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Thursday, 2 April 2009

Write career?

I have a keen interest in pursuing a career in animal journalism. I have extensive experience in the field including dog training and behaviour as well as being a qualified guide dog for the blind trainer. I am also currently completing a BSc in Animal Behaviour Science. I would appreciate any help you could give me regarding job applications and progressing in animal journalism.
Kind Regards
Louise Gradwell

When I was a little girl my career teacher shook her head, in those days she didn't think there was a way to make doggie journalism a full time job. It was obvious even then that I was dog mad. Animal journalism was not much known of as a career choice and there's a good reason for that! There are very few jobs!
Every day I encounter journalists who would love to stop writing about the economy, world poverty, politics and concentrate on all things doggy as that is their passion.
But there are very few specialist animal magazines and lots and lots of people wanting to write.
I would suggest training first as a journalist and then attempting to specialise if you aren't independently wealthy! It doesn't have to be a full time course, there are some great part time courses. I went on a wonderful evening class with the excellent Faye Ainscough entitled 'how to write for publication'. And that is definitely the trick if you are to be a freelance, writing for a specific market rather than just writing for your own amusement.
We very rarely have an opening in our office - many of our staff have been with us many, many years! When we do take someone on they have to live locally.
I would hate to discourage anyone from this career, but there are easier paths!
Books to check out - the Writer's and Artists Yearbook - a good place to start.
Beverley Cuddy, Editor, Dogs Today

I got into journalism in a roundabout way, but some of my experience may be helpful to you. I qualified as a teacher, but stopped work to be a stay-at-home Mom. During that time my husband was developing his IT business, so I gradually took on more and more of a role in that - learning a lot about computers whether I wanted to or not! Being a techie, my husband knew that podcasting was about to take off about four years ago. He also knew that I had an endless capacity to fall into conversation with other dog owners. He connected the two and suggested we make a podcast about dogs. This suited me well, as I had always written, but in a very casual relaxed way, lacking self discipline.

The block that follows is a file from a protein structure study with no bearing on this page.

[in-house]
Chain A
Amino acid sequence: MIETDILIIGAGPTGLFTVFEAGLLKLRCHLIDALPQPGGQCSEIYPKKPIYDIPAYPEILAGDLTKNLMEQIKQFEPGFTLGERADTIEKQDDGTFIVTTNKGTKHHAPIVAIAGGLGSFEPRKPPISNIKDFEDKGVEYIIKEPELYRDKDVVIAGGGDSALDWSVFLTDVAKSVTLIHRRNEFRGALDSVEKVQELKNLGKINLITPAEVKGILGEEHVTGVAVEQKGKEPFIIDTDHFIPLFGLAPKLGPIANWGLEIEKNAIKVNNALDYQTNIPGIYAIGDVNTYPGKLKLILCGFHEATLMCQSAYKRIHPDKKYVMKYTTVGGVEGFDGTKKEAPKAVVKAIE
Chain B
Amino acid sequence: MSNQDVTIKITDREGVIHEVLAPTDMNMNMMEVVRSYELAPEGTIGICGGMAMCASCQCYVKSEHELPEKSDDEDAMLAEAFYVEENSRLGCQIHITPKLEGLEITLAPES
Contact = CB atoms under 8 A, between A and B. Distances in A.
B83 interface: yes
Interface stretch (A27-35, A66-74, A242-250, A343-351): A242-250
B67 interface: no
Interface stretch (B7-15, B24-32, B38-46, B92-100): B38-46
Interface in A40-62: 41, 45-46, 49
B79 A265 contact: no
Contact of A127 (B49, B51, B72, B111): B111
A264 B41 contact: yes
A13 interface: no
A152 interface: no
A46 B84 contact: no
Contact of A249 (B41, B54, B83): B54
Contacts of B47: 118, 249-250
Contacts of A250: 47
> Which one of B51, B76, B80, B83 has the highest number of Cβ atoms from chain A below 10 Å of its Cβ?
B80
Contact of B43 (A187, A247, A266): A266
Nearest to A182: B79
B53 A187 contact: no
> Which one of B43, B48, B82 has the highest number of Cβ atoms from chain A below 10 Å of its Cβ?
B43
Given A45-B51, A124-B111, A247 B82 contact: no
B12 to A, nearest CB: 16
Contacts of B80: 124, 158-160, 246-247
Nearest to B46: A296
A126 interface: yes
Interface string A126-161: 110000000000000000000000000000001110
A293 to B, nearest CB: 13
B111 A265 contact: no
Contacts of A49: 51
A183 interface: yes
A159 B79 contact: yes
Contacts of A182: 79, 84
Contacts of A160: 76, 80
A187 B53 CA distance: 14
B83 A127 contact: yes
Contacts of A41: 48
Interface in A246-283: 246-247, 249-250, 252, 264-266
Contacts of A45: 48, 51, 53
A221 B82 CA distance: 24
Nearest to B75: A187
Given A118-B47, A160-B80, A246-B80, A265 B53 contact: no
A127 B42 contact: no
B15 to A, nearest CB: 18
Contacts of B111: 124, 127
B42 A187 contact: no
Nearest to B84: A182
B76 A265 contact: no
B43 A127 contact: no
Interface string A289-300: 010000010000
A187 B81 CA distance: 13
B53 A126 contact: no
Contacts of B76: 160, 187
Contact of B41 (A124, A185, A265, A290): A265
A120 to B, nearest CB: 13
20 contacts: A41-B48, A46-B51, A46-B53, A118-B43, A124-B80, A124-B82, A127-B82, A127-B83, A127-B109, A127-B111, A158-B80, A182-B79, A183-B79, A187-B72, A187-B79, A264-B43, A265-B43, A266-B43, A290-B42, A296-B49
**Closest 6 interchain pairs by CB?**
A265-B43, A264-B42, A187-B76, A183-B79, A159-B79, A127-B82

DogCast Radio is a magazine style podcast (or Internet radio show) featuring interviews with expert trainers, carefully selected breeders, and owners, as well as news from around the world and original fiction. Writing and hosting the show made me develop the discipline I had lacked for years. Suddenly I had deadlines to meet, and from the beginning we strove to have high production values and to be professional.
I met Beverley Cuddy and began to write for her. I joined the NUJ and now write for a variety of publications. I love dogs and I love writing so it's the perfect job for me. Oh yes - and I love talking too!
The best advice I can give you is to play to your strengths - you have a great qualification and a lot of practical experience, so keep that prominent when you pitch an idea or fill in a job application or talk in an interview. Also - and this sounds obvious - be professional. By this I mean look the part, and act the part - if you say you'll be somewhere or have something written by a certain date then do it. If you are at all IT minded use the Internet -it's an excellent resource. At the very least join lots of forums, and get yourself known. Many people get noticed through their blog. Try and get known in person too; I've been
knocked back by editors who welcomed me once I met them and chatted to them for a while.
Don't be afraid to ask people - I was amazed at who said yes to an interview in the early days. Start locally, approaching newspapers magazines and even radio stations that are near you. Keep at it, don't be discouraged, it may take time.
I wish you lots of luck,
Julie Hill, Host of DogCast Radio

1 comment:

  1. I'd just like to add that worthwhile as they are, careers in animal journalism are few and far between! I work for a horse magazine and we rarely have openings, just like Dogs Today.

    I have been looking into the possibility of switching into working on a dog publication and there have been no vacancies yet!